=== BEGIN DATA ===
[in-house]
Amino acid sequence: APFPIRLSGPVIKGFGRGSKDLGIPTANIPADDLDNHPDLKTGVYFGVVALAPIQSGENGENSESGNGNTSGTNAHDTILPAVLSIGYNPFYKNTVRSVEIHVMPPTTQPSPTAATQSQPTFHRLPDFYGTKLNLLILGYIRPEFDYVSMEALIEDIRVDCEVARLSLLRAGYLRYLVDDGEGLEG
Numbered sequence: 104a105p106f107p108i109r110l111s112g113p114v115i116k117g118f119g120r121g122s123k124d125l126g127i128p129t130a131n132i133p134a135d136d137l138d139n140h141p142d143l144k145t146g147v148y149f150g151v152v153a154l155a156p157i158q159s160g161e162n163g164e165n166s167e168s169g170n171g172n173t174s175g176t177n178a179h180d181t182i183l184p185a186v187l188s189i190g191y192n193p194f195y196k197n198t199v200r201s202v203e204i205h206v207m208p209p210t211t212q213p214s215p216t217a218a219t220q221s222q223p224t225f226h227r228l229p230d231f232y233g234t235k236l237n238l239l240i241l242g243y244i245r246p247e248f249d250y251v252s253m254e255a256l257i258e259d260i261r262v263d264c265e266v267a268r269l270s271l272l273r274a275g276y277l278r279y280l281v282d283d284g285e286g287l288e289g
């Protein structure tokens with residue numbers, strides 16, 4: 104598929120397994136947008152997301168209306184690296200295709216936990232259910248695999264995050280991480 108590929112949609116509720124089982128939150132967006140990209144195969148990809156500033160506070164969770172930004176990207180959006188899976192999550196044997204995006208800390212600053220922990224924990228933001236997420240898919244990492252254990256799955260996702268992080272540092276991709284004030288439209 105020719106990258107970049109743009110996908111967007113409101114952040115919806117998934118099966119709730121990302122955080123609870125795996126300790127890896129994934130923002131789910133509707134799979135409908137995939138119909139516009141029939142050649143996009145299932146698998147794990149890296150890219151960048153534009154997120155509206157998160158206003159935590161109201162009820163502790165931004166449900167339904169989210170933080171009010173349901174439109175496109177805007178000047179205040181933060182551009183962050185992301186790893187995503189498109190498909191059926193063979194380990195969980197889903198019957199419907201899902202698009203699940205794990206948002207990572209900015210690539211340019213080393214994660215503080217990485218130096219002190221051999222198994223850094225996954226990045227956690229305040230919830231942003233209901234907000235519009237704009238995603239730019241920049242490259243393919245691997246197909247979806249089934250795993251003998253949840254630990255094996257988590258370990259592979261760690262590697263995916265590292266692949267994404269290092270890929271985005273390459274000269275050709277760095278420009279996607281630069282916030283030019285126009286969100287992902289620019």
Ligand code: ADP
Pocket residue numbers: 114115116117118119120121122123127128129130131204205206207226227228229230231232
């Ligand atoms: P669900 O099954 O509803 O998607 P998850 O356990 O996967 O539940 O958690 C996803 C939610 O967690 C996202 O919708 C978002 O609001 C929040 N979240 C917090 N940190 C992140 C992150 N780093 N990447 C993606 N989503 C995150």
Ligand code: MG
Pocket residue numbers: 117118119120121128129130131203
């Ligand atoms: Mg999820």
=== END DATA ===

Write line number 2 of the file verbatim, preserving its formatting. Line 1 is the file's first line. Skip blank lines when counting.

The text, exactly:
Amino acid sequence: APFPIRLSGPVIKGFGRGSKDLGIPTANIPADDLDNHPDLKTGVYFGVVALAPIQSGENGENSESGNGNTSGTNAHDTILPAVLSIGYNPFYKNTVRSVEIHVMPPTTQPSPTAATQSQPTFHRLPDFYGTKLNLLILGYIRPEFDYVSMEALIEDIRVDCEVARLSLLRAGYLRYLVDDGEGLEG